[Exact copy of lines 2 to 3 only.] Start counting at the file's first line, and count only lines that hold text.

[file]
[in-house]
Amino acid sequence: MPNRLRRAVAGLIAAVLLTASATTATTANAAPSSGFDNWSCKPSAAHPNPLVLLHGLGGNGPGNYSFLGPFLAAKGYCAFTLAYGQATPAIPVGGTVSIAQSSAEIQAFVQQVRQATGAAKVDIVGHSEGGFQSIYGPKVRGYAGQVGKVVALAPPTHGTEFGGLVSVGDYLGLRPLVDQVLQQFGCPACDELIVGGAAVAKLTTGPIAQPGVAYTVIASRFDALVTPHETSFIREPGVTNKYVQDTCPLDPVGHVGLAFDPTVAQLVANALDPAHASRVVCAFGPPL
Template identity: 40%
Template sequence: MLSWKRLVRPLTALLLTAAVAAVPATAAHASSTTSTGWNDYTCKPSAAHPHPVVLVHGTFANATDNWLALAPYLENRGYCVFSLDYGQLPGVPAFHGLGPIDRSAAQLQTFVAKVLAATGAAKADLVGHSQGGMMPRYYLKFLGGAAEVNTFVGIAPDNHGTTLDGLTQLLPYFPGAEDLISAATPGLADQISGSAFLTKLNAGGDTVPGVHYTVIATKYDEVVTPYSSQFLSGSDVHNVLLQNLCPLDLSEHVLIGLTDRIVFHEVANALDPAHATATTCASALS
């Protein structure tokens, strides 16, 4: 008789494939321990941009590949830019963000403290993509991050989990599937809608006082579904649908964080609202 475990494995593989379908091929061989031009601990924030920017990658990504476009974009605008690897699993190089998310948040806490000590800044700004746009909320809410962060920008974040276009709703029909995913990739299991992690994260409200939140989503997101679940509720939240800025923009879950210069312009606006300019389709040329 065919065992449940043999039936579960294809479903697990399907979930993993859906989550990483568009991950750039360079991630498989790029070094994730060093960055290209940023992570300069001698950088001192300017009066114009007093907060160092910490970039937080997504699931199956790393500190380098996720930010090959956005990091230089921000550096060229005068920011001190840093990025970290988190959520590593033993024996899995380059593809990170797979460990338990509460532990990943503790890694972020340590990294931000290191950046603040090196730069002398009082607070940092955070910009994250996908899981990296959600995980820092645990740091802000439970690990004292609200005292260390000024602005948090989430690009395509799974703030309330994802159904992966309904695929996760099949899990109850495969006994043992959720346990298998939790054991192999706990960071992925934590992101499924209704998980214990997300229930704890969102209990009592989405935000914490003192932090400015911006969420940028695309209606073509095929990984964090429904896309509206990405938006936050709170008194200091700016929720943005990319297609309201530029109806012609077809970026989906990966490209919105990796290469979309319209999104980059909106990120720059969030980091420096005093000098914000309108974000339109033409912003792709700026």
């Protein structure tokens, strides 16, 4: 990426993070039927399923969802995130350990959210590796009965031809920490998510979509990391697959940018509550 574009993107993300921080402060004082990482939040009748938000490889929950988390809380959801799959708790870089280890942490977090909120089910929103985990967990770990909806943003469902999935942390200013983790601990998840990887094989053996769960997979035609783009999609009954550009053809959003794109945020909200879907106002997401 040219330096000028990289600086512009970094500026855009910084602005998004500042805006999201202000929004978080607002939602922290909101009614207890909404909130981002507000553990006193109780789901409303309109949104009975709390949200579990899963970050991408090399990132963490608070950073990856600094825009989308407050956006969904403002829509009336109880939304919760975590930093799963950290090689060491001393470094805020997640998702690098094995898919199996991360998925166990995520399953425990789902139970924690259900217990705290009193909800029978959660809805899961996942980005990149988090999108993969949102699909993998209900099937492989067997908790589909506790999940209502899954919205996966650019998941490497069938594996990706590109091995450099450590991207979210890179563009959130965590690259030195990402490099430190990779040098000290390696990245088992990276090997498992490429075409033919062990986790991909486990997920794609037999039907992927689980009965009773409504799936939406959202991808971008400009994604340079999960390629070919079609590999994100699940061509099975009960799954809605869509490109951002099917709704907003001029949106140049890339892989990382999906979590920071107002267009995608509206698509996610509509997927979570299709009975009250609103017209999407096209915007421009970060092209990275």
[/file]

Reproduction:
Amino acid sequence: MPNRLRRAVAGLIAAVLLTASATTATTANAAPSSGFDNWSCKPSAAHPNPLVLLHGLGGNGPGNYSFLGPFLAAKGYCAFTLAYGQATPAIPVGGTVSIAQSSAEIQAFVQQVRQATGAAKVDIVGHSEGGFQSIYGPKVRGYAGQVGKVVALAPPTHGTEFGGLVSVGDYLGLRPLVDQVLQQFGCPACDELIVGGAAVAKLTTGPIAQPGVAYTVIASRFDALVTPHETSFIREPGVTNKYVQDTCPLDPVGHVGLAFDPTVAQLVANALDPAHASRVVCAFGPPL
Template identity: 40%